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BP and Oman sign deals toward second phase of Khazzan gas field

Staff Writer | November 11, 2016
BP and Oman Oil Company Exploration & Production signed an agreement amending the Oman Block 61 exploration and production sharing agreement (EPSA) to extend the license area.
Oman gas
Oil exploration   Long-term domestic supplies
This is paving the way for further development of the giant Khazzan tight gas field.

Under the amended EPSA, the extension adds more than 1000 square kilometres to the south and west of the original 2,700 square kilometres of Block 61.

The extension will allow a second phase of development, accessing additional gas in the area already identified by drilling activity within the original block. Development of this additional resource is subject to final approval of the Government of Oman and of BP - both expected in 2017.

BP is the operator of Block 61 with a 60% interest and Oman Oil Company Exploration & Production holds the other 40%.

The agreement was signed today in Muscat by His Excellency Dr. Mohammed Al Rumhy, Minister of Oil and Gas of the Sultanate of Oman, Bob Dudley, BP Group Chief Executive, and Eng. Isam bin Saud Al Zidjali, CEO of Oman Oil Company on behalf of Oman Oil E&P.

The Khazzan reservoirs in Block 61 represent one of the Middle East’s largest unconventional tight gas accumulations and are expected to be a major new source of gas supply for Oman over many decades.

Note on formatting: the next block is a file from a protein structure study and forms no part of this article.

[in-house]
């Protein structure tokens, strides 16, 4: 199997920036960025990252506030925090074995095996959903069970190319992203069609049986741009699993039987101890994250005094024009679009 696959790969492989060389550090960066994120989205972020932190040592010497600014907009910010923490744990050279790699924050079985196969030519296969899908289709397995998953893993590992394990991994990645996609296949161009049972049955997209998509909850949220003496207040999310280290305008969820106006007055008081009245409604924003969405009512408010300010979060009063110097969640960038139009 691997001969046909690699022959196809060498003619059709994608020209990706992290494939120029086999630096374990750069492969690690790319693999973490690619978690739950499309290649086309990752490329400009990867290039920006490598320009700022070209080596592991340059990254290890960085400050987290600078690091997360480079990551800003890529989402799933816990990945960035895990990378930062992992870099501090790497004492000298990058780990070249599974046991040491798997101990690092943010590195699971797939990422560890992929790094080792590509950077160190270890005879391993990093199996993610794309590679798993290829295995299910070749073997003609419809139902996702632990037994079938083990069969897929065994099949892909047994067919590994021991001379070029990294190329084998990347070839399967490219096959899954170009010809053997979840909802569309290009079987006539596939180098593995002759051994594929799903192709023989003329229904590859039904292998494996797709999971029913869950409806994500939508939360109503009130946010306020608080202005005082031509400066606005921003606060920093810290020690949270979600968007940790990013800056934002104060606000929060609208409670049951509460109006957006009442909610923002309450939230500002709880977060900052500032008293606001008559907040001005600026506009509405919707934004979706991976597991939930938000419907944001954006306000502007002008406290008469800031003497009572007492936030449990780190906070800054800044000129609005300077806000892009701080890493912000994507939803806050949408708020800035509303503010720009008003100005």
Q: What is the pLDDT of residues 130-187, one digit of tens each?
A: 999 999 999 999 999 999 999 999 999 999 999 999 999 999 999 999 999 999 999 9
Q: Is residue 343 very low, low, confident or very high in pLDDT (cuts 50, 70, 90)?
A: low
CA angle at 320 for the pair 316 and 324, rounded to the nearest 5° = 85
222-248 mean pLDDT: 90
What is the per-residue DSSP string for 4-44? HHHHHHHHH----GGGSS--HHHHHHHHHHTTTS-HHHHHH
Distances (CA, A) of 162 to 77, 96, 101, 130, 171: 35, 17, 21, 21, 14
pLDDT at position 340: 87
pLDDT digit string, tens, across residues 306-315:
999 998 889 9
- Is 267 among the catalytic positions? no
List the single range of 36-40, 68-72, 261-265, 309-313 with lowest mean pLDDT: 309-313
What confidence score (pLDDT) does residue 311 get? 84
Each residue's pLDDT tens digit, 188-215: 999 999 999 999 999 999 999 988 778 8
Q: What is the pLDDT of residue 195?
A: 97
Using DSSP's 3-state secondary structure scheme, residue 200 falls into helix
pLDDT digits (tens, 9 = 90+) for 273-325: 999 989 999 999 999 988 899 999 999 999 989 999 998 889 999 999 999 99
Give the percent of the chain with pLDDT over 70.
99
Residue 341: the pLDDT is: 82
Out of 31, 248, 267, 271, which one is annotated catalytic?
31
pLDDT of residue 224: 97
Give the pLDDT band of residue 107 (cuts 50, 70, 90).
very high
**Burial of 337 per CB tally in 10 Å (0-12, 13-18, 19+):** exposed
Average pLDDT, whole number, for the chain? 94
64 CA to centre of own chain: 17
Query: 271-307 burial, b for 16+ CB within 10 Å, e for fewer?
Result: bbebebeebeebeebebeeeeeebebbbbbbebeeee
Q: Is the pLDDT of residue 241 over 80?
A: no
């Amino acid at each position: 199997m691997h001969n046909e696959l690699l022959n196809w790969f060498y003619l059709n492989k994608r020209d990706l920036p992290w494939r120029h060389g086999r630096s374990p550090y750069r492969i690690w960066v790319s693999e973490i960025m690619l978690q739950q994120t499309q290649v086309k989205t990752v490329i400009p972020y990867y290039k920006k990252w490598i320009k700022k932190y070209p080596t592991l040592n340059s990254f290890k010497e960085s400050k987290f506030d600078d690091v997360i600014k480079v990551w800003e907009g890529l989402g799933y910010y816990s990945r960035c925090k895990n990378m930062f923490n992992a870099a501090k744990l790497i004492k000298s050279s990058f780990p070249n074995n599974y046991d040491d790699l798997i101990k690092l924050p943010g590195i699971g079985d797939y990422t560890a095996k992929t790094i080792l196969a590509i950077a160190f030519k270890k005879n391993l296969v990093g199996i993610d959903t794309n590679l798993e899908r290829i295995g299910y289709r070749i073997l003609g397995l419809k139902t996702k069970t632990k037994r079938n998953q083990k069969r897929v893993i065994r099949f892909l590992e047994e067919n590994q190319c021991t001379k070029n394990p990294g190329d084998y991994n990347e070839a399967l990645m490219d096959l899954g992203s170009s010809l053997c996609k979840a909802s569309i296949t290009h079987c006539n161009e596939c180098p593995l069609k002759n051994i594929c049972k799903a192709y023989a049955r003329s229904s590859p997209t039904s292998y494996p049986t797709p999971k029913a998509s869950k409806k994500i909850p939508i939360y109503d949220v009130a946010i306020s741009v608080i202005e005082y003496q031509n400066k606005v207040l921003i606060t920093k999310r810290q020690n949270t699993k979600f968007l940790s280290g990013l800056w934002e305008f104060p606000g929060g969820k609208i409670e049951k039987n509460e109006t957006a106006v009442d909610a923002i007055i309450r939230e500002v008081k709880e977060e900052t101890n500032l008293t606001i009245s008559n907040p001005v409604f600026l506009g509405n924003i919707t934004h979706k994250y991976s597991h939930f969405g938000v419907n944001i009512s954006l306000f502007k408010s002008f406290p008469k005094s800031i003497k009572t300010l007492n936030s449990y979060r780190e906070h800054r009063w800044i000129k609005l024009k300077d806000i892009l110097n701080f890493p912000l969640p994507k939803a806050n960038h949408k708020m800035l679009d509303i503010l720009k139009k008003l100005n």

Production from Khazzan will make a significant contribution to ensuring continuing stable and long-term domestic supplies of gas for Oman is expected to represent around 40% of the country’s current total domestic gas production.

The Phase 1 project, sanctioned in December 2013, is more than 80 percent complete and remains on schedule to deliver first gas in late 2017. Subject to final approval, Khazzan Phase 2 project is expected to come on stream around 2020.

Taken together, the two phases are expected to produce 1.5 bcf/d of gas through development of 10.5 trillion cubic feet of recoverable gas resources.

This will involve construction of a three-train central processing facility with associated gathering and export systems and drilling over 300 wells over a 15 year period.

Improved reservoir performance, drilling efficiencies and other improvements have reduced the well count by around 100 wells from the original Phase 1 plan.